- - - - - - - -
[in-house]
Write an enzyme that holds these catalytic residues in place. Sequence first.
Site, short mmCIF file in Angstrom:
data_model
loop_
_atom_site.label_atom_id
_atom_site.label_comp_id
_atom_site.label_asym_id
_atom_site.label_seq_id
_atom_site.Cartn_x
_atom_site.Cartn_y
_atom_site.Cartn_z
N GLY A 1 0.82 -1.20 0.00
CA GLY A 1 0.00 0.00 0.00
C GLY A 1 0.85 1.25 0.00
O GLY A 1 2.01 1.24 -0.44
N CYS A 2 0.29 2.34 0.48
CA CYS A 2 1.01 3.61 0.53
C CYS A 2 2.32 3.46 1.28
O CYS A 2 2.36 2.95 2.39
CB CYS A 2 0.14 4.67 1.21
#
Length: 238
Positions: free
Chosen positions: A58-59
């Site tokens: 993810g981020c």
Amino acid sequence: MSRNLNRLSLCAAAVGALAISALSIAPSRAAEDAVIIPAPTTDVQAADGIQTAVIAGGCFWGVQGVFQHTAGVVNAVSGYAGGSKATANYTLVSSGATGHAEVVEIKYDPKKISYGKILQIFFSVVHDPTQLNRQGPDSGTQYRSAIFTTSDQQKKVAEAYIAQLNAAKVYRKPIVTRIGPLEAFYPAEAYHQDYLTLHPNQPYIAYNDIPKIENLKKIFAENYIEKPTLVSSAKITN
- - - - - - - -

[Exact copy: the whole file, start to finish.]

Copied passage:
[in-house]
Write an enzyme that holds these catalytic residues in place. Sequence first.
Site, short mmCIF file in Angstrom:
data_model
loop_
_atom_site.label_atom_id
_atom_site.label_comp_id
_atom_site.label_asym_id
_atom_site.label_seq_id
_atom_site.Cartn_x
_atom_site.Cartn_y
_atom_site.Cartn_z
N GLY A 1 0.82 -1.20 0.00
CA GLY A 1 0.00 0.00 0.00
C GLY A 1 0.85 1.25 0.00
O GLY A 1 2.01 1.24 -0.44
N CYS A 2 0.29 2.34 0.48
CA CYS A 2 1.01 3.61 0.53
C CYS A 2 2.32 3.46 1.28
O CYS A 2 2.36 2.95 2.39
CB CYS A 2 0.14 4.67 1.21
#
Length: 238
Positions: free
Chosen positions: A58-59
């Site tokens: 993810g981020c």
Amino acid sequence: MSRNLNRLSLCAAAVGALAISALSIAPSRAAEDAVIIPAPTTDVQAADGIQTAVIAGGCFWGVQGVFQHTAGVVNAVSGYAGGSKATANYTLVSSGATGHAEVVEIKYDPKKISYGKILQIFFSVVHDPTQLNRQGPDSGTQYRSAIFTTSDQQKKVAEAYIAQLNAAKVYRKPIVTRIGPLEAFYPAEAYHQDYLTLHPNQPYIAYNDIPKIENLKKIFAENYIEKPTLVSSAKITN